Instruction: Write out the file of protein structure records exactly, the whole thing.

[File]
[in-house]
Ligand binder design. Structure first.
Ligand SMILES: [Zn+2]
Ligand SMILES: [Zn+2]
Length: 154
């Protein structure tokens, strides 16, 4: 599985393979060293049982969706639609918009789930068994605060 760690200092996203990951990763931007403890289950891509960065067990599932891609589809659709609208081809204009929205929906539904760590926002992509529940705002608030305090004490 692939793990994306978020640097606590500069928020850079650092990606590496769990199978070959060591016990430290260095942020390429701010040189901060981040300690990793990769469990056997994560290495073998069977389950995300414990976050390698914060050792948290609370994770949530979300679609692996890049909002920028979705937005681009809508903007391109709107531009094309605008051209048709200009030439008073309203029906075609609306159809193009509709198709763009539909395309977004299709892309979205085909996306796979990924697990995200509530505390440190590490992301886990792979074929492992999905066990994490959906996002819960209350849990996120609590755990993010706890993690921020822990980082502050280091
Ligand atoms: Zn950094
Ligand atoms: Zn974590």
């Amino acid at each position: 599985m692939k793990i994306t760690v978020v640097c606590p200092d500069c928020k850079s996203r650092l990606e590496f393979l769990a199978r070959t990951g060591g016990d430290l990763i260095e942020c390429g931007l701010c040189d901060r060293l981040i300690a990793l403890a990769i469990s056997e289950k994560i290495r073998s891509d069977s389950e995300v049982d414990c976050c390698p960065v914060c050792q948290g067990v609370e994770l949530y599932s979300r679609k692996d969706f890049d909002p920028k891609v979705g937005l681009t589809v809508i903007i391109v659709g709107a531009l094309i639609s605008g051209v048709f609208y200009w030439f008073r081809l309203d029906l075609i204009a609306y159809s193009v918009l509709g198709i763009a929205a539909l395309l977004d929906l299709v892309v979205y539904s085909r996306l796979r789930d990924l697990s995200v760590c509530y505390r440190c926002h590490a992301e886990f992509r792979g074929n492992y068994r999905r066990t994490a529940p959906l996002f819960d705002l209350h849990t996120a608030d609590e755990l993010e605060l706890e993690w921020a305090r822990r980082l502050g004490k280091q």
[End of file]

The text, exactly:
[in-house]
Ligand binder design. Structure first.
Ligand SMILES: [Zn+2]
Ligand SMILES: [Zn+2]
Length: 154
């Protein structure tokens, strides 16, 4: 599985393979060293049982969706639609918009789930068994605060 760690200092996203990951990763931007403890289950891509960065067990599932891609589809659709609208081809204009929205929906539904760590926002992509529940705002608030305090004490 692939793990994306978020640097606590500069928020850079650092990606590496769990199978070959060591016990430290260095942020390429701010040189901060981040300690990793990769469990056997994560290495073998069977389950995300414990976050390698914060050792948290609370994770949530979300679609692996890049909002920028979705937005681009809508903007391109709107531009094309605008051209048709200009030439008073309203029906075609609306159809193009509709198709763009539909395309977004299709892309979205085909996306796979990924697990995200509530505390440190590490992301886990792979074929492992999905066990994490959906996002819960209350849990996120609590755990993010706890993690921020822990980082502050280091
Ligand atoms: Zn950094
Ligand atoms: Zn974590």
């Amino acid at each position: 599985m692939k793990i994306t760690v978020v640097c606590p200092d500069c928020k850079s996203r650092l990606e590496f393979l769990a199978r070959t990951g060591g016990d430290l990763i260095e942020c390429g931007l701010c040189d901060r060293l981040i300690a990793l403890a990769i469990s056997e289950k994560i290495r073998s891509d069977s389950e995300v049982d414990c976050c390698p960065v914060c050792q948290g067990v609370e994770l949530y599932s979300r679609k692996d969706f890049d909002p920028k891609v979705g937005l681009t589809v809508i903007i391109v659709g709107a531009l094309i639609s605008g051209v048709f609208y200009w030439f008073r081809l309203d029906l075609i204009a609306y159809s193009v918009l509709g198709i763009a929205a539909l395309l977004d929906l299709v892309v979205y539904s085909r996306l796979r789930d990924l697990s995200v760590c509530y505390r440190c926002h590490a992301e886990f992509r792979g074929n492992y068994r999905r066990t994490a529940p959906l996002f819960d705002l209350h849990t996120a608030d609590e755990l993010e605060l706890e993690w921020a305090r822990r980082l502050g004490k280091q």